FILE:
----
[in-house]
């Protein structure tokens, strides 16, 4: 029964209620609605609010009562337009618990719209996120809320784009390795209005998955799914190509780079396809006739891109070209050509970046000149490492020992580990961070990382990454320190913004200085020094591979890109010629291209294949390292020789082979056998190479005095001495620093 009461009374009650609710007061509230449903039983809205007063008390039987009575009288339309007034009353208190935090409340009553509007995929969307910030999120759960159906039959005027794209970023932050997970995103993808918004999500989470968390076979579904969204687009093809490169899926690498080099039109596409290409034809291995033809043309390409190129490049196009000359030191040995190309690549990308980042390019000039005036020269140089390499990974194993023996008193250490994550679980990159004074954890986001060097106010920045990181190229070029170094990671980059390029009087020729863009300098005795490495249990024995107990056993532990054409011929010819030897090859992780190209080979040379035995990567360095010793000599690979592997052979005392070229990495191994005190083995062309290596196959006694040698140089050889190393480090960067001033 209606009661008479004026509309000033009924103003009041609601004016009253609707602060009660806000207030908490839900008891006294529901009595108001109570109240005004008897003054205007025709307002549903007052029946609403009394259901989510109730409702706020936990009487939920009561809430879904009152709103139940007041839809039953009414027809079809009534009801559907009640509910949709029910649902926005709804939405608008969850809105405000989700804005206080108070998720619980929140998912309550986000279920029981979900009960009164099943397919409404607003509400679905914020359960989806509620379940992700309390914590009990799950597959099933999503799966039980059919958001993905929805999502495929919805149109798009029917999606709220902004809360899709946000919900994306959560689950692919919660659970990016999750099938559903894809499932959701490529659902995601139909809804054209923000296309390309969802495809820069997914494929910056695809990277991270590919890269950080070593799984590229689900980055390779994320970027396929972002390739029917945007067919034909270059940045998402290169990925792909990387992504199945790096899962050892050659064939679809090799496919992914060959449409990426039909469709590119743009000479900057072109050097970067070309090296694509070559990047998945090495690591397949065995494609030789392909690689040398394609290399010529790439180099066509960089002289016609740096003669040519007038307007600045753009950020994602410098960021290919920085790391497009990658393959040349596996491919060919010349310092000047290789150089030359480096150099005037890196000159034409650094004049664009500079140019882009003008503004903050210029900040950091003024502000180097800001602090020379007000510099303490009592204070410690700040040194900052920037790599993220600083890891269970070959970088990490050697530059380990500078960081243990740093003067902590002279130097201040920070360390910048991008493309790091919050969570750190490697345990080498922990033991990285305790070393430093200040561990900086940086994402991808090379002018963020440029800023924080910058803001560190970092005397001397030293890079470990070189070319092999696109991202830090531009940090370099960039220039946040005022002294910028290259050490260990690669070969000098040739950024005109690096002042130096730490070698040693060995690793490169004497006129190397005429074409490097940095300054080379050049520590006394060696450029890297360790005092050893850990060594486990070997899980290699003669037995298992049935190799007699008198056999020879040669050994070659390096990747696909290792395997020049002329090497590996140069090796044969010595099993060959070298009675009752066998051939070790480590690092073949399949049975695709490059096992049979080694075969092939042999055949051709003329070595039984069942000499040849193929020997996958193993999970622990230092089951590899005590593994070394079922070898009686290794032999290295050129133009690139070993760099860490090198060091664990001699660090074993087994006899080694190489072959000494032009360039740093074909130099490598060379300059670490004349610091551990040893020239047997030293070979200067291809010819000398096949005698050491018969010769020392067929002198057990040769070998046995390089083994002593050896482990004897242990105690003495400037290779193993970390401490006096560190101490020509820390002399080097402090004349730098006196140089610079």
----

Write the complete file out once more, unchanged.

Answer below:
[in-house]
């Protein structure tokens, strides 16, 4: 029964209620609605609010009562337009618990719209996120809320784009390795209005998955799914190509780079396809006739891109070209050509970046000149490492020992580990961070990382990454320190913004200085020094591979890109010629291209294949390292020789082979056998190479005095001495620093 009461009374009650609710007061509230449903039983809205007063008390039987009575009288339309007034009353208190935090409340009553509007995929969307910030999120759960159906039959005027794209970023932050997970995103993808918004999500989470968390076979579904969204687009093809490169899926690498080099039109596409290409034809291995033809043309390409190129490049196009000359030191040995190309690549990308980042390019000039005036020269140089390499990974194993023996008193250490994550679980990159004074954890986001060097106010920045990181190229070029170094990671980059390029009087020729863009300098005795490495249990024995107990056993532990054409011929010819030897090859992780190209080979040379035995990567360095010793000599690979592997052979005392070229990495191994005190083995062309290596196959006694040698140089050889190393480090960067001033 209606009661008479004026509309000033009924103003009041609601004016009253609707602060009660806000207030908490839900008891006294529901009595108001109570109240005004008897003054205007025709307002549903007052029946609403009394259901989510109730409702706020936990009487939920009561809430879904009152709103139940007041839809039953009414027809079809009534009801559907009640509910949709029910649902926005709804939405608008969850809105405000989700804005206080108070998720619980929140998912309550986000279920029981979900009960009164099943397919409404607003509400679905914020359960989806509620379940992700309390914590009990799950597959099933999503799966039980059919958001993905929805999502495929919805149109798009029917999606709220902004809360899709946000919900994306959560689950692919919660659970990016999750099938559903894809499932959701490529659902995601139909809804054209923000296309390309969802495809820069997914494929910056695809990277991270590919890269950080070593799984590229689900980055390779994320970027396929972002390739029917945007067919034909270059940045998402290169990925792909990387992504199945790096899962050892050659064939679809090799496919992914060959449409990426039909469709590119743009000479900057072109050097970067070309090296694509070559990047998945090495690591397949065995494609030789392909690689040398394609290399010529790439180099066509960089002289016609740096003669040519007038307007600045753009950020994602410098960021290919920085790391497009990658393959040349596996491919060919010349310092000047290789150089030359480096150099005037890196000159034409650094004049664009500079140019882009003008503004903050210029900040950091003024502000180097800001602090020379007000510099303490009592204070410690700040040194900052920037790599993220600083890891269970070959970088990490050697530059380990500078960081243990740093003067902590002279130097201040920070360390910048991008493309790091919050969570750190490697345990080498922990033991990285305790070393430093200040561990900086940086994402991808090379002018963020440029800023924080910058803001560190970092005397001397030293890079470990070189070319092999696109991202830090531009940090370099960039220039946040005022002294910028290259050490260990690669070969000098040739950024005109690096002042130096730490070698040693060995690793490169004497006129190397005429074409490097940095300054080379050049520590006394060696450029890297360790005092050893850990060594486990070997899980290699003669037995298992049935190799007699008198056999020879040669050994070659390096990747696909290792395997020049002329090497590996140069090796044969010595099993060959070298009675009752066998051939070790480590690092073949399949049975695709490059096992049979080694075969092939042999055949051709003329070595039984069942000499040849193929020997996958193993999970622990230092089951590899005590593994070394079922070898009686290794032999290295050129133009690139070993760099860490090198060091664990001699660090074993087994006899080694190489072959000494032009360039740093074909130099490598060379300059670490004349610091551990040893020239047997030293070979200067291809010819000398096949005698050491018969010769020392067929002198057990040769070998046995390089083994002593050896482990004897242990105690003495400037290779193993970390401490006096560190101490020509820390002399080097402090004349730098006196140089610079």